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NFL Draft 2014: First-Round Selection

(NFL) Here’s how the first round of the NFL Draft turned out Thursday night in New York:

1. Houston Texans
DE Javeon Clowney, South Carolina

So much for grabbing a quarterback. So much for trading the pick. The Texans opted for the obvious and grabbed the best player in the draft. Critics say Clowney mailed in his junior season when he knew he was going pro, but he remains a freak of nature who, as a pass-rushing linebacker, insists he can do all of the things Giants Hall of Famer Lawrence Taylor did. Best suited as an edge rusher in the 4-3 defense.

2. St. Louis Rams (from Washington Redskins)
Greg Robinson, OT, Auburn
With Clowney off the board, the Rams decided the best way to help quarterback Sam Bradford is with a running game, so (with the pick they acquired for the opportunity to grab Robert Griffin III) they selected the best run blocker in the draft. The third-year sophomore started 25 games the past two seasons. He can be a franchise tackle if he improves in pass protection.

3. Jacksonville Jaguars
Blake Bortles, QB, Central Florida

The first shocker of the night. Head coach Gus Bradley is a defensive coach, but even he knows that franchises are build around quarterbacks. Many believe Bortles is the most NFL-ready quarterback in the weak group, and he’ll start training camp behind veteran Chad Henne. His big body and ability to extend plays bring comparisons with Pittsburgh Steelers quarterback Ben Roethlisberger.

4. Buffalo Bills (from Cleveland Browns):
Sammy Watkins, WR, Clemson
And the draft many couldn’t predict provides another stunner: The Bills jumped up to snare a weapon for quarterback E.J. Manuel. The most explosive receiver in the draft and the most explosive since A.J. Green entered the league, Watkins is a legitimate No. 1 receiver. He had 101 catches for 1,440 yards and 12 TDs last season.

5. Oakland Raiders
Khalil Mack, OLB, Buffalo

The Raiders need playmakers everywhere, and they curiously passed on a wide receiver and grabbed an edge pass-rusher and big hitter. Mack followed a dominant senior season (10½ sacks, 5 forced fumbles, 3 interceptions, 19 tackles for loss) with a terrific combine. The Raiders sent a message to Broncos’ Peyton Manning and Chargers’ Philip Rivers: Be alert.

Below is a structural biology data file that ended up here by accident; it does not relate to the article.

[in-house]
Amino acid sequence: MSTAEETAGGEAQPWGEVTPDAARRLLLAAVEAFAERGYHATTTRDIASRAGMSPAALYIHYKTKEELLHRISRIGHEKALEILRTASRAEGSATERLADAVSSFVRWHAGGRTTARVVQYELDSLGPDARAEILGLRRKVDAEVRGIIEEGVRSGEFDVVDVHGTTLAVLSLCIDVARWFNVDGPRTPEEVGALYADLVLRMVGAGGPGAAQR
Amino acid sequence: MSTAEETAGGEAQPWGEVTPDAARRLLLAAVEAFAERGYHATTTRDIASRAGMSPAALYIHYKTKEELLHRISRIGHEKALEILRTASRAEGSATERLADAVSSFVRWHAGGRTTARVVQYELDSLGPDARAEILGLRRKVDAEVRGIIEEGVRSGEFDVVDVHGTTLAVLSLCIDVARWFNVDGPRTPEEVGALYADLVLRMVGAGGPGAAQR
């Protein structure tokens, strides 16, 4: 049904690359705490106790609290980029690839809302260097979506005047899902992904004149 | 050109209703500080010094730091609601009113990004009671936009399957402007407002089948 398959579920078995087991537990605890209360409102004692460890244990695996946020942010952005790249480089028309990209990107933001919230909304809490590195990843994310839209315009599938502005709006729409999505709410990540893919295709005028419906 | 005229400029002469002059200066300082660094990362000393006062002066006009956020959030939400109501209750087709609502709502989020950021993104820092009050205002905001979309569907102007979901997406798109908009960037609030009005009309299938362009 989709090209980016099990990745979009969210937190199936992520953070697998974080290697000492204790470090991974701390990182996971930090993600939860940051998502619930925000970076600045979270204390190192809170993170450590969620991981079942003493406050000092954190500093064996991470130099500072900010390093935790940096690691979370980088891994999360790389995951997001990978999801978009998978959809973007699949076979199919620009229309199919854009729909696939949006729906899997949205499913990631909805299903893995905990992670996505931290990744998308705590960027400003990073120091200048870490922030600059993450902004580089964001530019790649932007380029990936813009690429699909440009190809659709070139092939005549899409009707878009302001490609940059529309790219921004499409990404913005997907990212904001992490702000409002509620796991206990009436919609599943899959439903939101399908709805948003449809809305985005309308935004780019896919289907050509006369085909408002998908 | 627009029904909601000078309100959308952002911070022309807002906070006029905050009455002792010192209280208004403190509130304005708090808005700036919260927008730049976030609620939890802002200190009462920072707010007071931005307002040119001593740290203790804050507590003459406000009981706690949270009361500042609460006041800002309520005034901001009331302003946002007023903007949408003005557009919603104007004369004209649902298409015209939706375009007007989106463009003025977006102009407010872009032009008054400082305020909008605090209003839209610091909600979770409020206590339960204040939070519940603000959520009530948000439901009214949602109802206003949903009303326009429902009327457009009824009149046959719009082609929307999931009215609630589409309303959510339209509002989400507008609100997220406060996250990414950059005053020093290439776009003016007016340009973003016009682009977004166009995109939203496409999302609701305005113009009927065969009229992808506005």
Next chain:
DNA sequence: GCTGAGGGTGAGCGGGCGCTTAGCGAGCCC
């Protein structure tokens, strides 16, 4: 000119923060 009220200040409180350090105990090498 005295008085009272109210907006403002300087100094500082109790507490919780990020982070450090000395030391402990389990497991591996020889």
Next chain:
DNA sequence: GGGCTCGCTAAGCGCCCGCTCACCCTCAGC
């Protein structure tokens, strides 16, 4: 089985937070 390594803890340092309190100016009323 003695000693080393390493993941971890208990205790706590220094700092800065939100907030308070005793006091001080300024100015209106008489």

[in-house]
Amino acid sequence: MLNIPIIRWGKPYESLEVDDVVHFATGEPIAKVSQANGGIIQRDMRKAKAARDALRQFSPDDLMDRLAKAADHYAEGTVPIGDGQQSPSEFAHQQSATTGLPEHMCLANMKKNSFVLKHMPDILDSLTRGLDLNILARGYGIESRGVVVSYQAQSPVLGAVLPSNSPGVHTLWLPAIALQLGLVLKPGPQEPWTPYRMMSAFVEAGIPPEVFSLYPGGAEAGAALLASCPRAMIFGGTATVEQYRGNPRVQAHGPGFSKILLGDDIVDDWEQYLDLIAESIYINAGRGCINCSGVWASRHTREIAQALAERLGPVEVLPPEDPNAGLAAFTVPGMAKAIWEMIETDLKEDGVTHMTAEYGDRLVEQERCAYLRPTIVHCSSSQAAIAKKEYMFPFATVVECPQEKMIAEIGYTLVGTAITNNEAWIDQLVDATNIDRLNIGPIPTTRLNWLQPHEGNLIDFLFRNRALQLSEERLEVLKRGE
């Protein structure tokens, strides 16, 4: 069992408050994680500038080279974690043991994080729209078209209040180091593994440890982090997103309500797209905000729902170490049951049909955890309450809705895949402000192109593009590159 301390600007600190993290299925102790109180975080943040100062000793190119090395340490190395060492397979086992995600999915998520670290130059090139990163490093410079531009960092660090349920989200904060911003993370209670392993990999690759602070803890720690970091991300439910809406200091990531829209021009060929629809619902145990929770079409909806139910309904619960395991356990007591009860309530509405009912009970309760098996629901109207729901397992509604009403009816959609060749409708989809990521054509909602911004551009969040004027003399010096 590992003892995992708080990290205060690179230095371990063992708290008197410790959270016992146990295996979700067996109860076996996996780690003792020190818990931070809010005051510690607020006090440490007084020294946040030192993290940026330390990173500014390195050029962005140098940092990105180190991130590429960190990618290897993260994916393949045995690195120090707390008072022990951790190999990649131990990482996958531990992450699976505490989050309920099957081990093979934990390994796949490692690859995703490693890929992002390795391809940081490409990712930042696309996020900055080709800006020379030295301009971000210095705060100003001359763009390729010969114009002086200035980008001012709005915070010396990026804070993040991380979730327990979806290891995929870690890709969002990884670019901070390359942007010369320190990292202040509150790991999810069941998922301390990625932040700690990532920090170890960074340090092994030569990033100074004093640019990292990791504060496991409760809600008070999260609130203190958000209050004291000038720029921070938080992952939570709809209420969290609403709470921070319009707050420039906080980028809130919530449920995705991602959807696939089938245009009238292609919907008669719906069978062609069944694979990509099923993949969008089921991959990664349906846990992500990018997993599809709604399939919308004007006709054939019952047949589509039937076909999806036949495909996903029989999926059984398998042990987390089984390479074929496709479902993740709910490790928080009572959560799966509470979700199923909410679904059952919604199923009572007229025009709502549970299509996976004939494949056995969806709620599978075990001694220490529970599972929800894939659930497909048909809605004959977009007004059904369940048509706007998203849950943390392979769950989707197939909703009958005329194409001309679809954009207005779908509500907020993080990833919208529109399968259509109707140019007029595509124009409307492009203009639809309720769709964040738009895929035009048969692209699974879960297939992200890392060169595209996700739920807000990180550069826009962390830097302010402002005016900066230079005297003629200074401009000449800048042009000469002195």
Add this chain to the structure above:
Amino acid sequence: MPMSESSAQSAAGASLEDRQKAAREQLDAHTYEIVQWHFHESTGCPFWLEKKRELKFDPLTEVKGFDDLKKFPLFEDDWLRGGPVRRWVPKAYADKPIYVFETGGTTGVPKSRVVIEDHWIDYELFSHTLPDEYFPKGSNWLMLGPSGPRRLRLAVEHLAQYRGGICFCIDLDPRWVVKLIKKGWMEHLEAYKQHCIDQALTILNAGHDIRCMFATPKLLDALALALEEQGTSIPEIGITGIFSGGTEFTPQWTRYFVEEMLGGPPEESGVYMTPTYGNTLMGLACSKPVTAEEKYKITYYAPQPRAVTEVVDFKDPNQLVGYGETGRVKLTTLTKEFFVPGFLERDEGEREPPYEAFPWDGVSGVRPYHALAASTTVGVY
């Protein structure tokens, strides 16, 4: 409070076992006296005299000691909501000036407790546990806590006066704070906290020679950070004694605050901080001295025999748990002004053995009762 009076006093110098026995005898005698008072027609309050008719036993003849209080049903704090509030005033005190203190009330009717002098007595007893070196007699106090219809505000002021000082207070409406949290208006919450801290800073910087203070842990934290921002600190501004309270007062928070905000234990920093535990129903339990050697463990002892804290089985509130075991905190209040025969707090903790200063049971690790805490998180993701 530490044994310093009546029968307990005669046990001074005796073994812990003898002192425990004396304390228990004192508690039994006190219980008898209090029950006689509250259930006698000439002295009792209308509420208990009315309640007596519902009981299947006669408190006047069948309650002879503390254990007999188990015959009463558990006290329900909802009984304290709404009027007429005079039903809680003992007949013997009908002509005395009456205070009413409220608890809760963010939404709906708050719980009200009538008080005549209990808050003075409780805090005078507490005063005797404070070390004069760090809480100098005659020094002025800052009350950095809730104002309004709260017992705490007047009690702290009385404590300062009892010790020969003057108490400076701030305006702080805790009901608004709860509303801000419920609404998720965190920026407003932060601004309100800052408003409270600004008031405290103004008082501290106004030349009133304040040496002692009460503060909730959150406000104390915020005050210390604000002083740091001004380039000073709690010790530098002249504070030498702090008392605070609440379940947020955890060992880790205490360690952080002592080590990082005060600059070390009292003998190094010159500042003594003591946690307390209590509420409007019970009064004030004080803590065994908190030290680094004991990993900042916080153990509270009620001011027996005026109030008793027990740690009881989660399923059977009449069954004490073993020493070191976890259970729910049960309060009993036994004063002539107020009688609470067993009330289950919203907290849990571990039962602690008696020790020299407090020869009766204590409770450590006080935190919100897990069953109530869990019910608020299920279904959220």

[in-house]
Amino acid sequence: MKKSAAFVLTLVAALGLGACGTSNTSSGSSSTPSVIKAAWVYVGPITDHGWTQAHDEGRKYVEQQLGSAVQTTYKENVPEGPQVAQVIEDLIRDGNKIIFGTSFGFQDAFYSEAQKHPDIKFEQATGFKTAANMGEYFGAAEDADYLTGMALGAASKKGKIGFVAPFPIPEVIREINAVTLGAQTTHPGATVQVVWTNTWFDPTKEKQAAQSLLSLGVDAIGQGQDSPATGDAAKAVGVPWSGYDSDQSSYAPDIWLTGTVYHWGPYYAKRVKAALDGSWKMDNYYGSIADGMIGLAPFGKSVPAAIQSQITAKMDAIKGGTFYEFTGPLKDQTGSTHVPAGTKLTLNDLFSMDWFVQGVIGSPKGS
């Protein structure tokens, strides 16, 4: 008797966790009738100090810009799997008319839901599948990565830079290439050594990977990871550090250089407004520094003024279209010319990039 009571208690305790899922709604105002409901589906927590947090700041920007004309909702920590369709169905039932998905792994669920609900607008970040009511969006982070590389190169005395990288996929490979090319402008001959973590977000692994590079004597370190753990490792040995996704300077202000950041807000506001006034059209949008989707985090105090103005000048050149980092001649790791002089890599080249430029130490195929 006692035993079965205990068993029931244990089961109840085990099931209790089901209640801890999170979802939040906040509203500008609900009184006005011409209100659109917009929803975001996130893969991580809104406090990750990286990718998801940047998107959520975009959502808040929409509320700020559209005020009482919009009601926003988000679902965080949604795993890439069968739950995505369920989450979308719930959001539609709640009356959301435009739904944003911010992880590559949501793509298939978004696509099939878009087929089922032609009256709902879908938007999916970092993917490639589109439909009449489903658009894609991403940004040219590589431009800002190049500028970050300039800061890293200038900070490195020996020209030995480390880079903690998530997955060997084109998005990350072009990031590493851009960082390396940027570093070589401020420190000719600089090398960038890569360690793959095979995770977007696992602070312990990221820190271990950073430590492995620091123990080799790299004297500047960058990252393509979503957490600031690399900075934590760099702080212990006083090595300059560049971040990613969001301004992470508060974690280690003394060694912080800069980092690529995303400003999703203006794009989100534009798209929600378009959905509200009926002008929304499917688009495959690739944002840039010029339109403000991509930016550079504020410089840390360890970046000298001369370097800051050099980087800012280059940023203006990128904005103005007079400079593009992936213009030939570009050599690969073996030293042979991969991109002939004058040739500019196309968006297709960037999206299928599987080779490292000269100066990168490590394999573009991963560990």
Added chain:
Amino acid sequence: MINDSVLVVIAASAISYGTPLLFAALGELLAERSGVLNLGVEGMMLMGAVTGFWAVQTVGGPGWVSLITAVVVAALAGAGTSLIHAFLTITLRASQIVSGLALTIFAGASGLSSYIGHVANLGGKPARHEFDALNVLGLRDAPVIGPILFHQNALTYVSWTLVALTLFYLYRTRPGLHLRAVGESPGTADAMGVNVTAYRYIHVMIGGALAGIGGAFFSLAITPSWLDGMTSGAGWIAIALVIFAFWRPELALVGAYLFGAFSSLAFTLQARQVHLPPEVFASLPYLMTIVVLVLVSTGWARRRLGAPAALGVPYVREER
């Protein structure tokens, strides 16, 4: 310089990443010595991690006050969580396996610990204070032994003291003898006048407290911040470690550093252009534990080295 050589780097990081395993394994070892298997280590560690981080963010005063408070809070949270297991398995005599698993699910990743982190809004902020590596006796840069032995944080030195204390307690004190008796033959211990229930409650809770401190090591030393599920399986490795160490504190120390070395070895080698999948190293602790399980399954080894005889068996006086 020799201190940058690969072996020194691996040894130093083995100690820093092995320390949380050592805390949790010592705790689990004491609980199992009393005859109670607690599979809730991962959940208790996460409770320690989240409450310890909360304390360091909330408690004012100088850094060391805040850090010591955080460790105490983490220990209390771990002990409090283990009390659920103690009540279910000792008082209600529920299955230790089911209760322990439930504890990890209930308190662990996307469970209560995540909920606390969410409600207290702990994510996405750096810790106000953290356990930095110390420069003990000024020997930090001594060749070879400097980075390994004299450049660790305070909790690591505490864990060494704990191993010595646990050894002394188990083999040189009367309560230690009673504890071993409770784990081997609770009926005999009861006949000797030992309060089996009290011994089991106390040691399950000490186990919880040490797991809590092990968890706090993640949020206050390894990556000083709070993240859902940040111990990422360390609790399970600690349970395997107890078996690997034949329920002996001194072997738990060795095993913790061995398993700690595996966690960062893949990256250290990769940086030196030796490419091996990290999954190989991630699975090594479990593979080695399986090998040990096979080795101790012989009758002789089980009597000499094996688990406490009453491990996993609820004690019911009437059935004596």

6. Atlanta Falcons
Jake Matthews, OT, Texas A&M

If they weren’t trading up for Clowney, the Falcons had to grab an offensive lineman to keep quarterback Matt Ryan upright so he can get the ball to WR Roddy White, while stretching defenses to make room for running back Stephen Jackson. The son of Hall of Fame center Bruce Matthews (and the seventh man in the family to play pro ball) is an NFL-ready left tackle. Might need some work on run blocking.

7. Tampa Bay Buccaneers
Mike Evans, WR, Texas A&M

With quarterback Johnny Manziel available, the Bucs grabbed the biggest and most physical receiver in the draft to team with WR Vincent Jackson for quarterback Josh McCown. At 6-foot-5, 230 pounds, Evans had 69 catches for 1,394 yards and 12 TDs in 2013, then topped that with a 4.53 in the 40-yard-dash at the combine. He’ll be a tough matchup for smaller cornerbacks.

8. Cleveland Browns (from Minnesota Vikings)
Justin Gilbert, CB, Oklahoma State
Say what? Just when everyone thought the Browns had traded up to grab Johnny Football, they selected a corner(not quarter)back. But they didn’t just pass on a possible franchise passer (which they need desperately), they decided against a wide receiver for QB Band-Aid Brian Hoyer. Gilbert is the most polished defensive back in draft, with seven interceptions in 2013. He also can return kicks.

9. Minnesota Vikings
Anthony Barr, OLB, UCLA

Johnny? Johnny? Are you there, Johnny Free Fall? Another team that needs a quarterback passed on Manziel. Instead they grabbed an edge pass-rusher. Barr, compared to Broncos’ Von Miller, had a dominant senior season with 10 sacks, 20 tackles for loss, and five forced fumbles.

10. Detroit Lions
Eric Ebron, TE, North Carolina

He’s a tight end like Saints’ Jimmy Graham is a tight end — and Graham has filed a grievance to be paid like a wide receiver. Like Graham, Ebron presents size and speed mismatches. He is the first tight end taken in the top 10 since Vernon Davis in 2006. Ebron, projected by many to fall to the Giants, had 62 catches for 973 yards and three TDs in 2013. He can’t block, but what top-tier tight ends can anymore?